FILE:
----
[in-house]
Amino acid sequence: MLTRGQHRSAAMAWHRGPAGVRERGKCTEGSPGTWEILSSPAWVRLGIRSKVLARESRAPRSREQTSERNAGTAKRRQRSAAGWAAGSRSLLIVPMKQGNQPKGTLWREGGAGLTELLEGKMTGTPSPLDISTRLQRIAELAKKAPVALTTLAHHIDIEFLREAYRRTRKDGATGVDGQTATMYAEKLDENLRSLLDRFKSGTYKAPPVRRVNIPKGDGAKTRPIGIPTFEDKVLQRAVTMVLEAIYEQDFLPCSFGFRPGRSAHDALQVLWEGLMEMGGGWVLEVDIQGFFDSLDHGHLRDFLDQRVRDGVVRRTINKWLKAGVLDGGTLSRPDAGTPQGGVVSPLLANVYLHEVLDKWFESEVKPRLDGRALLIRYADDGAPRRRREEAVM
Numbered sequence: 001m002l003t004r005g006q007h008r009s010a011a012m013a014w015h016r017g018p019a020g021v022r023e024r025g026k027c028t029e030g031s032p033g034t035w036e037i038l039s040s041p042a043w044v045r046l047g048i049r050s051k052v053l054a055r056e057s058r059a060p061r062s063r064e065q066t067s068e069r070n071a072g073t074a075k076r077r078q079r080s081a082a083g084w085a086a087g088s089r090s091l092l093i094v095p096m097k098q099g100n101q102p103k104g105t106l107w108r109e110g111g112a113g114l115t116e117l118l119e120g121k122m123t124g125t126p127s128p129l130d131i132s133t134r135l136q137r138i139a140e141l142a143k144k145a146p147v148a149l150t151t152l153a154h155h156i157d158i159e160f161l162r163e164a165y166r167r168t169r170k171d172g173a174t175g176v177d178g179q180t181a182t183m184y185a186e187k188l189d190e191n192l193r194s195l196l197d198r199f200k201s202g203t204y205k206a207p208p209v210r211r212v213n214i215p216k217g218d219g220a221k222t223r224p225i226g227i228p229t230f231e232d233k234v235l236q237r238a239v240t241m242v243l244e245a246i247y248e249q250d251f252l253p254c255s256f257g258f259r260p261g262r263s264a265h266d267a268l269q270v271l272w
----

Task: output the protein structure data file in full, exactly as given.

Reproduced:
[in-house]
Amino acid sequence: MLTRGQHRSAAMAWHRGPAGVRERGKCTEGSPGTWEILSSPAWVRLGIRSKVLARESRAPRSREQTSERNAGTAKRRQRSAAGWAAGSRSLLIVPMKQGNQPKGTLWREGGAGLTELLEGKMTGTPSPLDISTRLQRIAELAKKAPVALTTLAHHIDIEFLREAYRRTRKDGATGVDGQTATMYAEKLDENLRSLLDRFKSGTYKAPPVRRVNIPKGDGAKTRPIGIPTFEDKVLQRAVTMVLEAIYEQDFLPCSFGFRPGRSAHDALQVLWEGLMEMGGGWVLEVDIQGFFDSLDHGHLRDFLDQRVRDGVVRRTINKWLKAGVLDGGTLSRPDAGTPQGGVVSPLLANVYLHEVLDKWFESEVKPRLDGRALLIRYADDGAPRRRREEAVM
Numbered sequence: 001m002l003t004r005g006q007h008r009s010a011a012m013a014w015h016r017g018p019a020g021v022r023e024r025g026k027c028t029e030g031s032p033g034t035w036e037i038l039s040s041p042a043w044v045r046l047g048i049r050s051k052v053l054a055r056e057s058r059a060p061r062s063r064e065q066t067s068e069r070n071a072g073t074a075k076r077r078q079r080s081a082a083g084w085a086a087g088s089r090s091l092l093i094v095p096m097k098q099g100n101q102p103k104g105t106l107w108r109e110g111g112a113g114l115t116e117l118l119e120g121k122m123t124g125t126p127s128p129l130d131i132s133t134r135l136q137r138i139a140e141l142a143k144k145a146p147v148a149l150t151t152l153a154h155h156i157d158i159e160f161l162r163e164a165y166r167r168t169r170k171d172g173a174t175g176v177d178g179q180t181a182t183m184y185a186e187k188l189d190e191n192l193r194s195l196l197d198r199f200k201s202g203t204y205k206a207p208p209v210r211r212v213n214i215p216k217g218d219g220a221k222t223r224p225i226g227i228p229t230f231e232d233k234v235l236q237r238a239v240t241m242v243l244e245a246i247y248e249q250d251f252l253p254c255s256f257g258f259r260p261g262r263s264a265h266d267a268l269q270v271l272w